Cold-starting a Facebook cluster is somewhat challenging due to Facebook's heavy reliance on caching. When I worked there, we'd configure a "fallback cluster" for cache lookups during cold start. Before hitting the database after a cache miss, everything would first check the fallback cluster and populate the cache from there.
As far as I know, there was never a complete cold start test during the entire 4 years I was there.
Since Facebook doesn't use TTLs for the most part, you'd think they might be able to pick up where they left off when the network comes back. Even if there is the risk of cache consistency issues, they might well decide to try doing that, then do rolling cache flushes to get rid of any inconsistencies.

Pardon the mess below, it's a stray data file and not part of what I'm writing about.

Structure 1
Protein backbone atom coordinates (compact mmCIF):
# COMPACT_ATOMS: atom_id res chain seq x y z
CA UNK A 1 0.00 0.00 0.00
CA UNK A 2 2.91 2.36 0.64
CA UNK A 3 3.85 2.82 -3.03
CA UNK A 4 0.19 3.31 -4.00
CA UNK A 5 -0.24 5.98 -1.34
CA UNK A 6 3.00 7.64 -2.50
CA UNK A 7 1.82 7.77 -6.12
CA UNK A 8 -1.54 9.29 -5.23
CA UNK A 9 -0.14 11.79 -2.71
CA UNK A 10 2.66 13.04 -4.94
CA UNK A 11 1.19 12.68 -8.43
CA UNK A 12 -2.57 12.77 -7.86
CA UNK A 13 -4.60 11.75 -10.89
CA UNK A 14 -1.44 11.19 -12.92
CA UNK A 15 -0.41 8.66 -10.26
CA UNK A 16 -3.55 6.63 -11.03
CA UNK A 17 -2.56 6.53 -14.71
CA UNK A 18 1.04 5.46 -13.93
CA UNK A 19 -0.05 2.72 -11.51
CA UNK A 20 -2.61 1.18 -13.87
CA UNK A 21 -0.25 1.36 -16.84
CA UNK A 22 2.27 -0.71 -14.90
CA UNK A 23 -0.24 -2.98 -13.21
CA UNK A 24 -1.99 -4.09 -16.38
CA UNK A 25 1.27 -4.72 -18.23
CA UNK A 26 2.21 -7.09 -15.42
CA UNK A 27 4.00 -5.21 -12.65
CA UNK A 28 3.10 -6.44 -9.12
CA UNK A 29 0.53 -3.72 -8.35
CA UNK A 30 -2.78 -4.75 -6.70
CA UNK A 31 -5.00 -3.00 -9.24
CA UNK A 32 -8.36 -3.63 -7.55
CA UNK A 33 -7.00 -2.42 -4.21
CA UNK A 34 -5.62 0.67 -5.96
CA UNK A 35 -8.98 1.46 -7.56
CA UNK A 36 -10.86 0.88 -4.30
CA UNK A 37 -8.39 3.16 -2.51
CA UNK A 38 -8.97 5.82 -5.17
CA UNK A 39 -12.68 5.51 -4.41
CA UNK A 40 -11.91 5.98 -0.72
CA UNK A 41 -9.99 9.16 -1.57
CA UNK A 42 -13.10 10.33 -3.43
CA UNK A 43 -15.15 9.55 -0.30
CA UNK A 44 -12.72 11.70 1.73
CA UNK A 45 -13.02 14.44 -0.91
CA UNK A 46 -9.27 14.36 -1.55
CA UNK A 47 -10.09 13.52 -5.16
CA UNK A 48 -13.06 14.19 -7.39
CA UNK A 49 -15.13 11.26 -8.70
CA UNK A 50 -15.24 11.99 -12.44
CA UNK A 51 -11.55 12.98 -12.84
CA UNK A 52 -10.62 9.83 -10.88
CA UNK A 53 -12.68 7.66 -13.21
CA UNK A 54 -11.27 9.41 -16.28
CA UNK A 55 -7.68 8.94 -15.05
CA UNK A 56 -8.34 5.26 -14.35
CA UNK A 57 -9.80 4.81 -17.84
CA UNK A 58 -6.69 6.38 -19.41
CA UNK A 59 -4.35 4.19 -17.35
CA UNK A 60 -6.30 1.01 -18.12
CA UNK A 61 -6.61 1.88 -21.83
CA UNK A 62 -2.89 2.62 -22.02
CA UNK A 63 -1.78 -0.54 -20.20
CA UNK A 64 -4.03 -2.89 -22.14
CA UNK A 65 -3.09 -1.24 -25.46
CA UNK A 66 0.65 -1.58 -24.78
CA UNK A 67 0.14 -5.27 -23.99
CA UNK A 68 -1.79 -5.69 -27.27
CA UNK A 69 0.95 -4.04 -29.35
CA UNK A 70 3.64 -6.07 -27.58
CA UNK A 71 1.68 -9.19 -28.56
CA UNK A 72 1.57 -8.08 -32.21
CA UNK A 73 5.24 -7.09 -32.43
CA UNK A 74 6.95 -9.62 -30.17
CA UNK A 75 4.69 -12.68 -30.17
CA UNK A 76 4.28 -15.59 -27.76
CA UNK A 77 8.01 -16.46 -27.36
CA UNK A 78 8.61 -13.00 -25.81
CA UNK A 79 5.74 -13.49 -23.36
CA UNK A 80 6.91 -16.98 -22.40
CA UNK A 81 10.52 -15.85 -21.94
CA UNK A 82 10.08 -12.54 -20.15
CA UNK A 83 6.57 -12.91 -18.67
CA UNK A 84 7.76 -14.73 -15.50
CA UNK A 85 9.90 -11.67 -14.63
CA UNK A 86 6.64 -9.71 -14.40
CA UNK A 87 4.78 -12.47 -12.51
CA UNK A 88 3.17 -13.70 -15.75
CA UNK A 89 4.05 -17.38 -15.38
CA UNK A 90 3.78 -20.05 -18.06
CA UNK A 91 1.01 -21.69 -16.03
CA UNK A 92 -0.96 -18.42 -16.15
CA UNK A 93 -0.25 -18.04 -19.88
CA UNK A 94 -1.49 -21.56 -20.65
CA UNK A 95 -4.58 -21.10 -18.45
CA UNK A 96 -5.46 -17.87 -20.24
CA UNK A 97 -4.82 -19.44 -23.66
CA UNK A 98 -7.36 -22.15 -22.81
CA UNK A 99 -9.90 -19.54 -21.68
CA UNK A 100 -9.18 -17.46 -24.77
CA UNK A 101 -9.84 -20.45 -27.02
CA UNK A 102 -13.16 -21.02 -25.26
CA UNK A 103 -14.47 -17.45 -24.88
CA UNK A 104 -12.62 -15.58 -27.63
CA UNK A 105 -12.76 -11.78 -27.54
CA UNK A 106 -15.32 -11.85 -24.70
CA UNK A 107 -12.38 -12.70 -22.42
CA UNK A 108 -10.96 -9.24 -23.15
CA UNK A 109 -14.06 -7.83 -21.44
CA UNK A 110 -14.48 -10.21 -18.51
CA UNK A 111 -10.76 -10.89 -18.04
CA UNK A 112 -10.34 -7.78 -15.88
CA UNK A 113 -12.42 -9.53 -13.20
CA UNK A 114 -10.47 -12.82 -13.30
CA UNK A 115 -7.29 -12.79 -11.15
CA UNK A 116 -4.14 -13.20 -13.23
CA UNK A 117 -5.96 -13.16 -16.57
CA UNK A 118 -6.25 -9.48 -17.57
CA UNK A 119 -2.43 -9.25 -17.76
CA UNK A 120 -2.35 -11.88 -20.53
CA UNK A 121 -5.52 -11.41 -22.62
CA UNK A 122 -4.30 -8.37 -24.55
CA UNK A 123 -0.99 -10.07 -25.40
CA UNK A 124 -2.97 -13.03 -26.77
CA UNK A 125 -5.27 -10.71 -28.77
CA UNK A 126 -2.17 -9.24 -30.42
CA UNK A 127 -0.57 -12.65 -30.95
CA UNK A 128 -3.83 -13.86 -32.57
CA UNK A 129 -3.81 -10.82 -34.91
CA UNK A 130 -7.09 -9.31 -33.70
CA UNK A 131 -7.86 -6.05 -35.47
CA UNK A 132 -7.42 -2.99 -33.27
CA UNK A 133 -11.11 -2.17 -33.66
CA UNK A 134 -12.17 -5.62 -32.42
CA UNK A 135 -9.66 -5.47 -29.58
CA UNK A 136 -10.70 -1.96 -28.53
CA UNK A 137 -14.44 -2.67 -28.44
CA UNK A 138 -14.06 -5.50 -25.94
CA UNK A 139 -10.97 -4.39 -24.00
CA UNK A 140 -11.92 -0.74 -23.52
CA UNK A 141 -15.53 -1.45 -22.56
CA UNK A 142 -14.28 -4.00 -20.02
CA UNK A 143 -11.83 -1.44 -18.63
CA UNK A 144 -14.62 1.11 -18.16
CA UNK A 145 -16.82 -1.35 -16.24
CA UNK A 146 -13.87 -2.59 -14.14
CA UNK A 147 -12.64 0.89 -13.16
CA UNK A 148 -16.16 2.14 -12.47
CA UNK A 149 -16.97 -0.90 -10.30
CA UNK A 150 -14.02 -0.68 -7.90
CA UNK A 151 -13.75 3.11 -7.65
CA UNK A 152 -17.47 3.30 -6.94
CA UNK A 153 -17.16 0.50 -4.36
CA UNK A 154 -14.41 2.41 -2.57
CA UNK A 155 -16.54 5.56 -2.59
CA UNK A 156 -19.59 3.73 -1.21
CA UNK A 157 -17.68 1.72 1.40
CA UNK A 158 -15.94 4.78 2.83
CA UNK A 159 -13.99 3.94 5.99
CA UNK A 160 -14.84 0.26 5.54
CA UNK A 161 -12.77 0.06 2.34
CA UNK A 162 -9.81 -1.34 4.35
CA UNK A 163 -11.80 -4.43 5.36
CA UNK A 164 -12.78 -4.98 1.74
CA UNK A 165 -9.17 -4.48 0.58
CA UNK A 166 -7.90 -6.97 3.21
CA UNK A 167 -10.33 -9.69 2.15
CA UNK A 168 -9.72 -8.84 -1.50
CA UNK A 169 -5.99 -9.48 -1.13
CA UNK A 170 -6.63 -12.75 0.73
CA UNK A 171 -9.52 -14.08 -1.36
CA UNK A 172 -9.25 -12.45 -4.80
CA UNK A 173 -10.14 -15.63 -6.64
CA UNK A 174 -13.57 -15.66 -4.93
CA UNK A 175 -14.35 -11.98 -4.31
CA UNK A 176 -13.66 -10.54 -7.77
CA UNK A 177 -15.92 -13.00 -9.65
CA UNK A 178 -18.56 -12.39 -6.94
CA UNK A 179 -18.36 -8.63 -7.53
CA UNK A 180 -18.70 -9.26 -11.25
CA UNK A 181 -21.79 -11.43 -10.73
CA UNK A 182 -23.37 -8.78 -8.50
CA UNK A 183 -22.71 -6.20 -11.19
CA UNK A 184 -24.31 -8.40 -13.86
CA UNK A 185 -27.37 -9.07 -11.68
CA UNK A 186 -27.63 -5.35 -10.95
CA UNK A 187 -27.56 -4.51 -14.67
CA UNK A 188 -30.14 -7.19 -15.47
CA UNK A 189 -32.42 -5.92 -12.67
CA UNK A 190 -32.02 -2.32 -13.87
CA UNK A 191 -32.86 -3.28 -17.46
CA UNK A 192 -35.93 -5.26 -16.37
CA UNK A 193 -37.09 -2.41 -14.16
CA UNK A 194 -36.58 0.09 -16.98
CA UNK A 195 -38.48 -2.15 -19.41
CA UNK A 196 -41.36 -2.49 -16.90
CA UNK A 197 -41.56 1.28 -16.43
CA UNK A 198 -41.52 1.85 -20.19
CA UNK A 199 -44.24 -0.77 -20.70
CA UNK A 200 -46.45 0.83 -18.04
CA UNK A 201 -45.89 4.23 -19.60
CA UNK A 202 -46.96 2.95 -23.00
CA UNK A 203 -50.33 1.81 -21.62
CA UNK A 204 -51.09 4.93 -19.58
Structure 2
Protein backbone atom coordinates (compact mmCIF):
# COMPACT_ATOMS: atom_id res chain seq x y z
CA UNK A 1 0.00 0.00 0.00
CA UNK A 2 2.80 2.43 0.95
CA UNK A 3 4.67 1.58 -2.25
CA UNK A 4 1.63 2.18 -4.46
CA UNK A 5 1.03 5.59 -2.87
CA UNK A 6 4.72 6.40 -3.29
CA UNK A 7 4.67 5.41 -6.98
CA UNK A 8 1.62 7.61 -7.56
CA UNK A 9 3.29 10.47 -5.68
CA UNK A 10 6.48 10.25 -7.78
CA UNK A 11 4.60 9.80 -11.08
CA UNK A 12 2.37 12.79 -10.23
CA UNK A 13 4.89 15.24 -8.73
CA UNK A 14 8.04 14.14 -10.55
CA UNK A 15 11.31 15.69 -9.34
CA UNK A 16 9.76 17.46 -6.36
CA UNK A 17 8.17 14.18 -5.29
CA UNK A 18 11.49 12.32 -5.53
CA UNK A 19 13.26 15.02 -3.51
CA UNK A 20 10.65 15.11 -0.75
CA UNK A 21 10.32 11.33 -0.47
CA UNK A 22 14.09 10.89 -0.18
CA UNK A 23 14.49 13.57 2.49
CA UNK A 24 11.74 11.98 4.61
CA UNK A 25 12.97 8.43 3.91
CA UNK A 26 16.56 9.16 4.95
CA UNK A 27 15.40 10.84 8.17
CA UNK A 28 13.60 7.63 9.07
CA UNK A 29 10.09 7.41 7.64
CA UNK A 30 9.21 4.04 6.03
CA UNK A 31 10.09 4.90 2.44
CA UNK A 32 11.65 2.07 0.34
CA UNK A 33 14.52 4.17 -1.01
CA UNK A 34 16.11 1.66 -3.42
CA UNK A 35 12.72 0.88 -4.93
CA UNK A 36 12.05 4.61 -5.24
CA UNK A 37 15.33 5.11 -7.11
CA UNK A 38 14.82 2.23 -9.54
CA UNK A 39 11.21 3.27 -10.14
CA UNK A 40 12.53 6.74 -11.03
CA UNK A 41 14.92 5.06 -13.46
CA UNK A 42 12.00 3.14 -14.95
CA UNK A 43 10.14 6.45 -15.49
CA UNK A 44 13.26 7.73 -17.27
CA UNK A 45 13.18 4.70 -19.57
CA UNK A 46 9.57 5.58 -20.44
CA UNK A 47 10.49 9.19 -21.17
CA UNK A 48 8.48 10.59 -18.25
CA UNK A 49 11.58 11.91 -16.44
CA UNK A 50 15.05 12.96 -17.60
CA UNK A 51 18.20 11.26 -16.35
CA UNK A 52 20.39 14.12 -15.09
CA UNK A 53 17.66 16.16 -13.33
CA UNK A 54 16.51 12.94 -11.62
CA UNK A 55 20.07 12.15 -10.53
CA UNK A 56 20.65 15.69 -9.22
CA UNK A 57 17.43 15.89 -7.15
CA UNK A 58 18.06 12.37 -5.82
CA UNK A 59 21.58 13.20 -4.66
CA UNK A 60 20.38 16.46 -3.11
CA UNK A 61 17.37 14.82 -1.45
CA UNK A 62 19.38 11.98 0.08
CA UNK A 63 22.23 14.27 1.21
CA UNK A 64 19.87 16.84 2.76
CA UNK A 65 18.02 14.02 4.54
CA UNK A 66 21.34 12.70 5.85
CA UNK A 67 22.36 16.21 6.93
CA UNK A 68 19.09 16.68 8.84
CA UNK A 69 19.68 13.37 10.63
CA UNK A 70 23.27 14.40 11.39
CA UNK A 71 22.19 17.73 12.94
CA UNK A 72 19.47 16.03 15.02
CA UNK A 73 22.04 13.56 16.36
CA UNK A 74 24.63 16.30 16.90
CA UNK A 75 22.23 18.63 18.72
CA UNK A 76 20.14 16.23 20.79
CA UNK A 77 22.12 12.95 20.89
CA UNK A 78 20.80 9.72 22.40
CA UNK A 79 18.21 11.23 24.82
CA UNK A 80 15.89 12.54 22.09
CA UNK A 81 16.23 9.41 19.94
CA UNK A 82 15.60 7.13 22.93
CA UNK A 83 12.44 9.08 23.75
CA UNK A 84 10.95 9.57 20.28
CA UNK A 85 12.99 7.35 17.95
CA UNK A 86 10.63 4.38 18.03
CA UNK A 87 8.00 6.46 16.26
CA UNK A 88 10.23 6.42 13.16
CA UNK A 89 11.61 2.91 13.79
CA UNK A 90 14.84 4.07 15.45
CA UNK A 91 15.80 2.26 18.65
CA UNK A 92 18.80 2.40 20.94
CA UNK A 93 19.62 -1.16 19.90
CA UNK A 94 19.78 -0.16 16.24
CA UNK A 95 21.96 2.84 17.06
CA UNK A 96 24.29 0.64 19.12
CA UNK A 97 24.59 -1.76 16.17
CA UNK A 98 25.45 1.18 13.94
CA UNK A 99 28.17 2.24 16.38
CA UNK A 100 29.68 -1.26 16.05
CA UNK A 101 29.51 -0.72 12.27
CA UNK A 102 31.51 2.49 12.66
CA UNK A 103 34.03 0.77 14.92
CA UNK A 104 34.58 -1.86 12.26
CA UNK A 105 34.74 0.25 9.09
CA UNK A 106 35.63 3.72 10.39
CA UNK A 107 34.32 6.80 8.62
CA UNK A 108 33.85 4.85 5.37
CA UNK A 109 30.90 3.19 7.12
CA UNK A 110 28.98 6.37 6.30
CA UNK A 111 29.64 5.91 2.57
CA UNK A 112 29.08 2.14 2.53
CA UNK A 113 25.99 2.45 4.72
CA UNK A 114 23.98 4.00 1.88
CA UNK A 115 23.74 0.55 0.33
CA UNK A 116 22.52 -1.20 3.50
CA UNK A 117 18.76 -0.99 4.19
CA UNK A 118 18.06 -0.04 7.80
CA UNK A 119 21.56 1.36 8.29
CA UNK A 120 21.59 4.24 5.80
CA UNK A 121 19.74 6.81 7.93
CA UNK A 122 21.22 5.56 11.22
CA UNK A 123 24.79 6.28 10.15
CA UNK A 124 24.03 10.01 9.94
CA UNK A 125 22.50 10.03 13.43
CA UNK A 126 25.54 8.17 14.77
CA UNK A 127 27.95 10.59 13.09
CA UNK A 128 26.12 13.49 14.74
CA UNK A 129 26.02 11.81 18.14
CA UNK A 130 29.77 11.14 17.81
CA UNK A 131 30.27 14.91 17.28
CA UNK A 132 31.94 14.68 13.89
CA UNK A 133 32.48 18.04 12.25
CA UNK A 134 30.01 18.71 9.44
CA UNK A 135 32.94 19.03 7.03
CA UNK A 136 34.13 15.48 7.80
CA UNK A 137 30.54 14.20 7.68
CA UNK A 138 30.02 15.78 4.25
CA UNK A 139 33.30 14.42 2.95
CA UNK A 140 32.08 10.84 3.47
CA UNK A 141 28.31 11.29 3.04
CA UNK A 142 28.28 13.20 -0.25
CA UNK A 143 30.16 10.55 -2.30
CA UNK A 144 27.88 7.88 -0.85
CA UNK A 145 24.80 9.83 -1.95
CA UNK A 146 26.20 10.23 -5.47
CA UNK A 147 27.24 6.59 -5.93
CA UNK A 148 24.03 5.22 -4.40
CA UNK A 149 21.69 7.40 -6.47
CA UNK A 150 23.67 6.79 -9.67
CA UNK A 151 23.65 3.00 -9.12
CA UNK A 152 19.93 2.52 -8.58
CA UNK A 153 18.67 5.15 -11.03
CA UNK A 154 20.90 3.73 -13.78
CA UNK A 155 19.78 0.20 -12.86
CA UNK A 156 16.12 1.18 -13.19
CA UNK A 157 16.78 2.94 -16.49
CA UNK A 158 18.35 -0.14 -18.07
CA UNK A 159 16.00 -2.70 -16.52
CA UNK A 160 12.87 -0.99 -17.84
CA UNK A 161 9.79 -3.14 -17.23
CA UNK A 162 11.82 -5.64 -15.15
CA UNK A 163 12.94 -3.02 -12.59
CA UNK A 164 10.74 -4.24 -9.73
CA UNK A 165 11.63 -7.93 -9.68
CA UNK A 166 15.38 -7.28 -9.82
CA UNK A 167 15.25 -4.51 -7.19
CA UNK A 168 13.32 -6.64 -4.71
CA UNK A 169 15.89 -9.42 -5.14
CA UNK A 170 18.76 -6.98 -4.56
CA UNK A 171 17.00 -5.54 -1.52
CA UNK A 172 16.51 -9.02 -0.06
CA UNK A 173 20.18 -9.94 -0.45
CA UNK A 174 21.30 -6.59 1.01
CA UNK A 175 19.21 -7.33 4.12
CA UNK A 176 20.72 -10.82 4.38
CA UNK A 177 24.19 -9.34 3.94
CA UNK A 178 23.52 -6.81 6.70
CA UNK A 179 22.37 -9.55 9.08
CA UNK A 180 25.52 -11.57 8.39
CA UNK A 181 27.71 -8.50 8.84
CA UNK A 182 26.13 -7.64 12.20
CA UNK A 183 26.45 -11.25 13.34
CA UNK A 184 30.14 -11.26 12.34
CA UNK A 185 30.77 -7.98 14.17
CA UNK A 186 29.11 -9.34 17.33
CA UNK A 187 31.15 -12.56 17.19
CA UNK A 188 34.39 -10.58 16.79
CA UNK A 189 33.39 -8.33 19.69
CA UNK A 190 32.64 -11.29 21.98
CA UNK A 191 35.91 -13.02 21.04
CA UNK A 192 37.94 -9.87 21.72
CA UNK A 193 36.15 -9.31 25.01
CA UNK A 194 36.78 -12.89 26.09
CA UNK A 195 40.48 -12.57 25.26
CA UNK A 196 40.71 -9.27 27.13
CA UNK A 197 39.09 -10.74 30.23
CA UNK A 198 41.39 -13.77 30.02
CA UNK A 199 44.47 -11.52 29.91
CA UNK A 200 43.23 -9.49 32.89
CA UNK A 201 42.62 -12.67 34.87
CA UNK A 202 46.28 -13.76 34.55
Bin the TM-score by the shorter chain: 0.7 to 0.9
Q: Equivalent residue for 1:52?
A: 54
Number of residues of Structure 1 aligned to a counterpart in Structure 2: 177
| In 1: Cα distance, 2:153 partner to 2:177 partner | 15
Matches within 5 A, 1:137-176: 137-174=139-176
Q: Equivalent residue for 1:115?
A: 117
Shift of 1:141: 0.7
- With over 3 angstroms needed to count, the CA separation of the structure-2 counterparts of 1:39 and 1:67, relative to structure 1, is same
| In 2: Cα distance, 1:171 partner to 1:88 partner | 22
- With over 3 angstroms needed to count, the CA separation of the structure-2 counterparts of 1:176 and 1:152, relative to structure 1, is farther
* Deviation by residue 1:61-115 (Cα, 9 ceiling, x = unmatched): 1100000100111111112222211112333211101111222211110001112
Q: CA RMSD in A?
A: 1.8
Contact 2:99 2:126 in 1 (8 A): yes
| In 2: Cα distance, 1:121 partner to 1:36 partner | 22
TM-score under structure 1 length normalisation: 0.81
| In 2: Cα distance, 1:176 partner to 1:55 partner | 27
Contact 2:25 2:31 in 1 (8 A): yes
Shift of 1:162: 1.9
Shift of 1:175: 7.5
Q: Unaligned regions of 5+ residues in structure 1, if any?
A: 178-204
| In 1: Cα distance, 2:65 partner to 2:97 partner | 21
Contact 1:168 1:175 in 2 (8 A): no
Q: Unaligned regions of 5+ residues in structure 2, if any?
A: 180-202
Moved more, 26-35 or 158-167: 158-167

But if they have to do a complete cold start, it's going to require allowing traffic to "trickle" back in.
Of course, that assumes that the experiments machinery doesn't itself depend on a warm cache. If it does, they might need to start with gating by IP address, letting in one chunk of the Internet at a time.
Facebook almost certainly already had a plan for how to cold start even before this happened. The question is how well that plan survives contact with the enemy.
A social network for the 19A0s.